One of the best ways to gauge the strength of a company’s brand is to see if they can expand their gross margin. A great example of this is Coca-Cola, which has been able to maintain an over 60% gross margin for a while, and this margin has expanded over time. Even though Dr. Pepper Snapple is heavily focused on the carbonated beverage industry, the company reported a 58% gross margin in the last quarter. PepsiCo is equally focused on both the beverage and snacks industry, and even with this divided identity, the company still managed a gross margin of 53% in the current quarter.

By comparison, Monster’s gross margin came in at 52.1%, which was lower than last year’s margin of 53.1%. Given that Monster operates in an industry where volume growth has been outpacing the overall beverage industry, where is the pricing power that should come with this growth?

The second issue facing Monster is the company’s use of promotional expenses are expanding in their effort to drive sales growth. In the energy drink industry, it’s common for companies to use promotions to drive sales. If you think about it, energy drinks aren’t exactly a necessary beverage for most customers. While it’s one thing to use promotions to drive sales, Monster seems to be losing control of these expenses. In the current quarter, the company’s promotional and allowances expense was 14.61% of revenue, which was up from 13.79% last year.

The third challenge facing Monster is the company’s selling, general, and administrative expenses are also increasing on a year-over-year basis. What is equally troubling is that the company doesn’t report SG&A expenses in the same way that their peers do. For instance, Coca-Cola reports SG&A expenses at 34.39% of revenue, PepsiCo reported 35.78%, and Dr. Pepper Snapple reported 38.42%. If you consider SG&A expenses for Monster, and include promotional expenses, selling, general, and administrative expenses together, the company spent 39.91% of their revenue, which I think is a more direct comparison.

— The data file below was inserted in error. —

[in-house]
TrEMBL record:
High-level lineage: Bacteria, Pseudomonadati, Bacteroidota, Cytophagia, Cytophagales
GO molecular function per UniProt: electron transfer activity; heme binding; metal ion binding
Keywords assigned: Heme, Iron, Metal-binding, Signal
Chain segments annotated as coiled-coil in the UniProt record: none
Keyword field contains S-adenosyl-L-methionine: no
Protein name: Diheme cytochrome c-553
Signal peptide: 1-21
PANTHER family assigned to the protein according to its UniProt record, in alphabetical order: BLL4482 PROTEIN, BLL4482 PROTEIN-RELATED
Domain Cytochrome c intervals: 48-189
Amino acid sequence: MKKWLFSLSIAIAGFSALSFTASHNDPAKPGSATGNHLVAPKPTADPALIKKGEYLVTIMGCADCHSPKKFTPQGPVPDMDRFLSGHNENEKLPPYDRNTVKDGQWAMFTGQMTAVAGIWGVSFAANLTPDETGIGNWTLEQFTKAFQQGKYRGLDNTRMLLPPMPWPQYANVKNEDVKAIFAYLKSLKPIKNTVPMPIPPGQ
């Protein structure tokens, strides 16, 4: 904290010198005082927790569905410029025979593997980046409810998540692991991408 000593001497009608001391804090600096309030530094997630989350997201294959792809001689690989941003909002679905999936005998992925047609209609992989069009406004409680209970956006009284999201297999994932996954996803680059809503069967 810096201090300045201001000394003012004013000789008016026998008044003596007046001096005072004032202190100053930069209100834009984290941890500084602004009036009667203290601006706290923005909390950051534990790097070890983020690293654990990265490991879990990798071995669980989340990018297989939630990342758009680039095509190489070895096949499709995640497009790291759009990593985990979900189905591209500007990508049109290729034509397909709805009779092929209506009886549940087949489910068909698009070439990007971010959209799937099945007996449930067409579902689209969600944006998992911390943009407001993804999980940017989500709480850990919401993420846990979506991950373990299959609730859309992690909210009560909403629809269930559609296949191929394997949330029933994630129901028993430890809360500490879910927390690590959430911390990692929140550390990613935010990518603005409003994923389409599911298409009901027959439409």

A premium for this?
Given that Monster keeps missing earnings estimates, investors should already question the company’s ability to report strong growth in the future. When you add in the fact that the company’s gross margins are dropping due to higher expenses, there are too many unanswered questions to afford this company a premium.

It’s one thing for investors to pay a premium for Coca-Cola’s class leading carbonated and still beverage performance. It’s something else to believe in PepsiCo and the strength in their snacks business. I can even understand paying a premium for Dr. Pepper Snapple’s over 3% yield, but paying a premium for Monster Beverage at this point just makes no sense.

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Chad Henage has no position in any stocks mentioned. The Motley Fool recommends Coca-Cola, Monster Beverage, and PepsiCo. The Motley Fool owns shares of Monster Beverage and PepsiCo. Try any of our Foolish newsletter services free for 30 days. We Fools may not all hold the same opinions, but we all believe that considering a diverse range of insights makes us better investors. The Motley Fool has a disclosure policy. Is this post wrong? Click here. Think you can do better? Join us and write your own!